How to Form a Limited Liability Partnership in California

Here are the steps to form a limited liability partnership (LLP) in California.

By , Attorney

Here are the steps to form a limited liability partnership (LLP) in California. LLPs are governed by state law and must be registered with a state office. An LLP usually is formed from a preexisting general partnership. (In some cases, not covered here, an LLP is formed from a preexisting limited partnership.) However, the creation of the preexisting general partnership often can be little more than a formality, and often can be subsumed into the process of forming the LLP.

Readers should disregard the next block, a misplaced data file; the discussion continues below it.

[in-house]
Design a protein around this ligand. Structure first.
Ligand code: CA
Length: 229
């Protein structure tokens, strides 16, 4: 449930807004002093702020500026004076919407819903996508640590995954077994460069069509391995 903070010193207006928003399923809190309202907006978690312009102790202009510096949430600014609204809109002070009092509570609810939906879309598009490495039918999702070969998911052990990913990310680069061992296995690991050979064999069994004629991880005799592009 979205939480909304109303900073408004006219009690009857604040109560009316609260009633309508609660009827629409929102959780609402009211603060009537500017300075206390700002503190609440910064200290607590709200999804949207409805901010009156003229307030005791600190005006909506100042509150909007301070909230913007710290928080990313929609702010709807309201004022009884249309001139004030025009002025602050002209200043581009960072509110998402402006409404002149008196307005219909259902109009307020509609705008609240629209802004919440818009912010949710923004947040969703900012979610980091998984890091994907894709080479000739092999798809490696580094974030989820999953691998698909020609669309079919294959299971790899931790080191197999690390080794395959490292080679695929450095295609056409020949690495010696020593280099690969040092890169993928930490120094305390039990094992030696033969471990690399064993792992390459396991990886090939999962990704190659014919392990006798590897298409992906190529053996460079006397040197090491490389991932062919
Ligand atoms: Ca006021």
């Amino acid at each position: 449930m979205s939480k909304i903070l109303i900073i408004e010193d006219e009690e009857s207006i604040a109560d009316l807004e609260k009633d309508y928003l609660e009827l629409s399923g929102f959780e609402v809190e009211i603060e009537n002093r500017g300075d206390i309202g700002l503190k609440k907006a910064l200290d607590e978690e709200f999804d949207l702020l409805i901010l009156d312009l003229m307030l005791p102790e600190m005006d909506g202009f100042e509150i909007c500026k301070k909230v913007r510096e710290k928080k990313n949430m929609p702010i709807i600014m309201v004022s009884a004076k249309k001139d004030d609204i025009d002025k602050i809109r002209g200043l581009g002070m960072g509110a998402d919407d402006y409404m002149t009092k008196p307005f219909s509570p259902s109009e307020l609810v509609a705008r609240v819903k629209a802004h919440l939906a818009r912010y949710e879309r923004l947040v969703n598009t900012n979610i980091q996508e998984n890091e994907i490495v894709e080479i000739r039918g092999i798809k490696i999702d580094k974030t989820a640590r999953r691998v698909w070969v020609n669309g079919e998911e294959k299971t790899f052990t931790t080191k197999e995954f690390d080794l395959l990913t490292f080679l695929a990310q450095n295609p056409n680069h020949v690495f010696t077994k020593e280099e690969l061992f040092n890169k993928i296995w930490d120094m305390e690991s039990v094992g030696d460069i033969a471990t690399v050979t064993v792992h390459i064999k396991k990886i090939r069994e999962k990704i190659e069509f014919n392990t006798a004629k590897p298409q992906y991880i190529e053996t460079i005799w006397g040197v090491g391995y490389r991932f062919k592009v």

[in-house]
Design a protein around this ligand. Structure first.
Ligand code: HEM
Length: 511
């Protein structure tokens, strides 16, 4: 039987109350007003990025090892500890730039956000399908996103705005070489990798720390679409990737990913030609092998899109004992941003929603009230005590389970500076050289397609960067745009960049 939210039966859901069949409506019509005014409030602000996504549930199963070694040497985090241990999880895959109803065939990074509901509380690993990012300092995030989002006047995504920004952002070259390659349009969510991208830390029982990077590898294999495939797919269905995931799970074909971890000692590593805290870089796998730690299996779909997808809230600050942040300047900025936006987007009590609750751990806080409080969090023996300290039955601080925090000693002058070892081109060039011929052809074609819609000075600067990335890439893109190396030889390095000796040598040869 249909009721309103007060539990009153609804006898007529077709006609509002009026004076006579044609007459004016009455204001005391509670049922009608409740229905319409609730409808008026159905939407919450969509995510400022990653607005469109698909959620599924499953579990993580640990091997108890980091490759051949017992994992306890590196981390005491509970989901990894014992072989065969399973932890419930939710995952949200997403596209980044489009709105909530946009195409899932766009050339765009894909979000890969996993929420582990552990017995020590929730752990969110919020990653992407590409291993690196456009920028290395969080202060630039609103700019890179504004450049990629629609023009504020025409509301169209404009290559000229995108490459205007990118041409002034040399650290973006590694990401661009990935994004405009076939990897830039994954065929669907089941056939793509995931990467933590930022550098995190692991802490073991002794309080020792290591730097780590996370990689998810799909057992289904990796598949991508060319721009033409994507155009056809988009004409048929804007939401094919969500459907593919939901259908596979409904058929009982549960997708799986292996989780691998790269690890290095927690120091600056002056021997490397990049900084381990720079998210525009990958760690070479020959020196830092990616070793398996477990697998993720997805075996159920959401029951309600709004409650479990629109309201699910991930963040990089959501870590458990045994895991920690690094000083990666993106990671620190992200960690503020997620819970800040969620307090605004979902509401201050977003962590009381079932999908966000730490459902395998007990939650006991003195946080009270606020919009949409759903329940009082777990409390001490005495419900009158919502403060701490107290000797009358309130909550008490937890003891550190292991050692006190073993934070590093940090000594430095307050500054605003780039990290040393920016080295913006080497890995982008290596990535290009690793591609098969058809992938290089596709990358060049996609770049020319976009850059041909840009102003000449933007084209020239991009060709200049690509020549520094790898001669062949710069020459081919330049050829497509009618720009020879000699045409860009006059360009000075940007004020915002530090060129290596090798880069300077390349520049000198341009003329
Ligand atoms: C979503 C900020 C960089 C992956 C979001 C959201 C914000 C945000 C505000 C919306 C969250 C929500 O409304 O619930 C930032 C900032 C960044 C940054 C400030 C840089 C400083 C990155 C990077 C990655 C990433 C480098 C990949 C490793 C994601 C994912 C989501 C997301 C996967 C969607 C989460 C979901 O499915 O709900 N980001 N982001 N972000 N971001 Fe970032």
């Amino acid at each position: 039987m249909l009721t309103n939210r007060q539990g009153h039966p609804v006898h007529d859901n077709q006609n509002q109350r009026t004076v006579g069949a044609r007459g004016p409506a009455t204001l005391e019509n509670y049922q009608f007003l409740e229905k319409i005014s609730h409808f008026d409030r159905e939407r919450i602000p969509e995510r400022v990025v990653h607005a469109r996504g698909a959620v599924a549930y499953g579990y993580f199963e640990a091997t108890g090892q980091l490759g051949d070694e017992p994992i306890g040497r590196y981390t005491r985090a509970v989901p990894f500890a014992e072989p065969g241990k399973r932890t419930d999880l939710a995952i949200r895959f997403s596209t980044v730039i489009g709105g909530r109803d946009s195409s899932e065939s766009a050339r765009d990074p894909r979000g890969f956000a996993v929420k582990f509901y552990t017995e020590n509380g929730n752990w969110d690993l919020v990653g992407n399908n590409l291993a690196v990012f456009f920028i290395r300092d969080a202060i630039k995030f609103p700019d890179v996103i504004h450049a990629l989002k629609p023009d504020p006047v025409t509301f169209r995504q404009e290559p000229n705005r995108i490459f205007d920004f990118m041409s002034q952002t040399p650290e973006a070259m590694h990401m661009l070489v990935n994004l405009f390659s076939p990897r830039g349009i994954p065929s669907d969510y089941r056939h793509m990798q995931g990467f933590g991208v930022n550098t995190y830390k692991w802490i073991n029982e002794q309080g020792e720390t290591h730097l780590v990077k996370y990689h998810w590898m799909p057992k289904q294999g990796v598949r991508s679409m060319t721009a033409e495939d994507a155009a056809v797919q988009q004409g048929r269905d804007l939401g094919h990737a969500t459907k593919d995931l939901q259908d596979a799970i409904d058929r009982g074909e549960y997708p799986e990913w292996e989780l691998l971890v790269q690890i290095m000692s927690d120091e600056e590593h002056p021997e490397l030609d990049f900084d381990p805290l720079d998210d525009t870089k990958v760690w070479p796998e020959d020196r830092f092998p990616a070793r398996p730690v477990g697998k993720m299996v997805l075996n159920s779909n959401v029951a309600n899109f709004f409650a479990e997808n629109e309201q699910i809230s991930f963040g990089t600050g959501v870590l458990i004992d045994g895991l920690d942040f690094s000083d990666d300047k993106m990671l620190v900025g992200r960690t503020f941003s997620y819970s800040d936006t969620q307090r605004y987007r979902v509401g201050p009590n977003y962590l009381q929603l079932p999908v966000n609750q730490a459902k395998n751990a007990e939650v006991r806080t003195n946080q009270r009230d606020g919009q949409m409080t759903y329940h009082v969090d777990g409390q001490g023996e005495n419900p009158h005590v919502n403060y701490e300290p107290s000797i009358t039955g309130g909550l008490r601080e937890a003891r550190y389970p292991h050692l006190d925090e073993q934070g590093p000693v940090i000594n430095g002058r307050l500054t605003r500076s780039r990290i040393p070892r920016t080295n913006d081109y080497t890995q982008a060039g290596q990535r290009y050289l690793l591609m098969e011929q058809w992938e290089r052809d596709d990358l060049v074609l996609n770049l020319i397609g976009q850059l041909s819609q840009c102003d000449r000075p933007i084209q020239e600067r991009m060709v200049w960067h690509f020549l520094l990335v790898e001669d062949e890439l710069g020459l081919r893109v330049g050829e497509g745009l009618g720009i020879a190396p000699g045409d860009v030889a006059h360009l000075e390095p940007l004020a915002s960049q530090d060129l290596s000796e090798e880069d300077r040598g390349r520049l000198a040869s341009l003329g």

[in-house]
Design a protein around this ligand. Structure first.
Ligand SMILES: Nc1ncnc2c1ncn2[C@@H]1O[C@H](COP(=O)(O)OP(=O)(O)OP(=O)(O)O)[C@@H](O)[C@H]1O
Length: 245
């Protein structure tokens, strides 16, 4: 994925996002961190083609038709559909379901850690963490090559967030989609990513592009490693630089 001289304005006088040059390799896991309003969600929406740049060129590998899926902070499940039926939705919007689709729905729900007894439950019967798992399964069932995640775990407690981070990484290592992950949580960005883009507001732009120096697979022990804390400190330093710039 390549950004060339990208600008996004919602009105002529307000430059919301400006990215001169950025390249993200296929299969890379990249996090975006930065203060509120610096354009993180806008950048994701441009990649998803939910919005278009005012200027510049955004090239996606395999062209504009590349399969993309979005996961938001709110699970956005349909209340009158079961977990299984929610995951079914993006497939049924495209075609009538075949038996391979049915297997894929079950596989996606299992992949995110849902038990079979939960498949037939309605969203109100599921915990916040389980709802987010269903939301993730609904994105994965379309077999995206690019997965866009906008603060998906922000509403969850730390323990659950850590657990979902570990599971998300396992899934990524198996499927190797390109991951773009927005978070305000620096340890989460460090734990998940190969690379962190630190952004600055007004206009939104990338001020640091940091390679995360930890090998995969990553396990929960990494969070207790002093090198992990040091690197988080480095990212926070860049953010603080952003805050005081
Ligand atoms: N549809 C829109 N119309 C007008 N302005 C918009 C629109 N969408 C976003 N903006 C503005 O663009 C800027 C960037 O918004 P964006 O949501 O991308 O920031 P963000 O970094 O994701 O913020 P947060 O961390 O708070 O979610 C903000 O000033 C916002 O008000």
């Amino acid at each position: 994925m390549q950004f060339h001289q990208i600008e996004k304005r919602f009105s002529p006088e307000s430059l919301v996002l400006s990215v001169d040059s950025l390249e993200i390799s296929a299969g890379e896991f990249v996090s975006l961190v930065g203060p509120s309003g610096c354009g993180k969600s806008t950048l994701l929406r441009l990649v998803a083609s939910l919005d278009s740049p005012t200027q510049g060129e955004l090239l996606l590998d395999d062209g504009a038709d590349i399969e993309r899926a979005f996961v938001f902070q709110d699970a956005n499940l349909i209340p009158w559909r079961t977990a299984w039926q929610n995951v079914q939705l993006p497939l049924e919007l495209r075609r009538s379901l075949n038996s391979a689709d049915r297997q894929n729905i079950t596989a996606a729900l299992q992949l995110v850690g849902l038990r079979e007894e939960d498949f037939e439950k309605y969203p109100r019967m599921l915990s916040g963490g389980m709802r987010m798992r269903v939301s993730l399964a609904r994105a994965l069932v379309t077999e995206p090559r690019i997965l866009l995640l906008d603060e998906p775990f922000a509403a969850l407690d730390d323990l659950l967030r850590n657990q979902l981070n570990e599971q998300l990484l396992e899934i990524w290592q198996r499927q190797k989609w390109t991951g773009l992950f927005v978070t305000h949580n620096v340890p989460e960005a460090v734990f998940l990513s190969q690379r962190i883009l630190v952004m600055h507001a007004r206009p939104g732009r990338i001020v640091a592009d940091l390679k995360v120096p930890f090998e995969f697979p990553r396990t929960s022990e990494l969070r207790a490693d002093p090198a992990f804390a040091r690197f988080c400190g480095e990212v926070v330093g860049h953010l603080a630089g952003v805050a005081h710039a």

As of January 1, 2016, California law recognizes three kinds of LLPs:

  • LLPs formed by California-licensed lawyers, public accountants, or architects
  • LLPs formed by people licensed to provide professional services in other states, and
  • LLPs that are "related" to other LLPs that practice public accounting or law.

This article only covers the first kind of LLP.

Note: As California's LLP law currently stands, two additional professions that previously have been allowed to form California LLPs—engineering and land surveying—are barred from forming LLPs as of 2016. If you currently practice one of the latter two professions and are interested in creating an LLP, make sure to check for any new updates in the LLP law or consult with a local business attorney. In addition, architects currently are scheduled to be barred from forming a California LLP as of 2019.